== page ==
Allie — Bryan Middle School
Allie, a golden retriever with a heart of gold, could easily be called the leader of the pack. The award-winning, professionally trained therapy dog was a Christmas gift to the Bryan Middle School student body in December, 2004, and since then people have been sitting up and taking notice of her work with students.
In the mornings, she's a friendly face and a wagging tail that greets staff and students. In the counselor's office, she calmly listens to stressed-out students, and in the library she's a furry friend who doesn't criticize when children mispronounce words. Allie promotes goodwill, tolerance, and hospitality through her positive behavior, says Mrs. Jackie Boyd, Allie’s co-worker and a Bryan Middle School counselor.
The dog's tale was featured in a “Paperbacks for Education” online mailing to educators in February, 2006, and since then, counselors in Texas, Florida, Massachusetts, and Missouri have contacted the Bryan Middle School to ask for details on Allie's workday.
"Nationwide, we've seen a real surge of people understanding the benefit of dogs in people's lives. It's a trend nationally," said Chris Diefenthaler, executive director of Assistance Dogs of America Inc. Allie was an assistance dog for a man who'd had a stroke, but when he died in 2003, the canine was returned to Assistance Dogs of America. After additional training, Allie was linked with the Bryan Middle School, where students had worked on a service learning project to raise funds for the Assistance Dogs of America.
Although animals have been part of therapy programs, such as in nursing homes, for many years, the school therapy dog program has a different spin, Mrs. Diefenthaler said. "If a counselor's dog comes to the school to visit or to play, it is still the counselor's dog. In this model, the dog belongs to the students. This whole concept is much more powerful and is much more meaningful."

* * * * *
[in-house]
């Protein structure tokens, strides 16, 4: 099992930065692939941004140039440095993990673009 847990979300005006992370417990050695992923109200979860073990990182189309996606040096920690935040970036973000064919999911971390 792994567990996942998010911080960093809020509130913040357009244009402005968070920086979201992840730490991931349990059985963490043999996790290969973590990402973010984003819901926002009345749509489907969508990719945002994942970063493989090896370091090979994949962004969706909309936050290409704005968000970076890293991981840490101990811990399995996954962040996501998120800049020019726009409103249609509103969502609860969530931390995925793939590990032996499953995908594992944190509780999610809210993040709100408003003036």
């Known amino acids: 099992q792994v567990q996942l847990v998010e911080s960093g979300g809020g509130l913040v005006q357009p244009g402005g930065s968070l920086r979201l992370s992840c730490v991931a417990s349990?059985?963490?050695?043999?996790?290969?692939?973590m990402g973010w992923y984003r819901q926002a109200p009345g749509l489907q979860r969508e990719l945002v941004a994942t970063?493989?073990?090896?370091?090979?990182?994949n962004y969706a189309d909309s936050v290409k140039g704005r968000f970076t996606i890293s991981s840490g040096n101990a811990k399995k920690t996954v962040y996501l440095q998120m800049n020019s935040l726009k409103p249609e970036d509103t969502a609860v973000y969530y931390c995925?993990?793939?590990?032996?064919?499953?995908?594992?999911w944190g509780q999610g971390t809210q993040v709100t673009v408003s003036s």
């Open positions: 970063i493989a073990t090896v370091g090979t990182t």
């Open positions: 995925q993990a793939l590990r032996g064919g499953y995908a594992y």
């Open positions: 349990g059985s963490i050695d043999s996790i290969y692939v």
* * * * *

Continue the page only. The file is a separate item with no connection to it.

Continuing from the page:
Four schools - Wauseon's Burr Road Middle School, Anthony Wayne's Fallen Timbers Middle School, and two schools in Findlay - are on the Assistance Dogs of America's waiting list for dogs. There is no cost to schools for the dogs. "We don't want the dog to be thought of as any expense or as a program that could be cut," Mrs. Diefenthaler said.
Schools are responsible, however, for the dogs' housing, food, and health care; community support helps pay expenses, and veterinarians donate care for the dogs.
A new component of the dogs in schools program has been added: research to support Allie's successes.
In the next couple of months, a study on school therapy dogs will be conducted by Amber Lange, a doctoral student at the University of Toledo. Counselors who have incorporated dogs into their schools will be interviewed to determine "why they find that having an animal as part of their practice is helpful," said Mrs. Lange, who became interested in research work on human-animal interaction after watching Allie and the two Bryan counselors make a presentation at an Ohio counselors conference.
"When you saw that, you knew that it was helpful. You saw that it touched the kids," Mrs. Lange said.
Partial article reprinted with the permission of The Toledo Blade, March 18, 2007, written by Janet Romaker.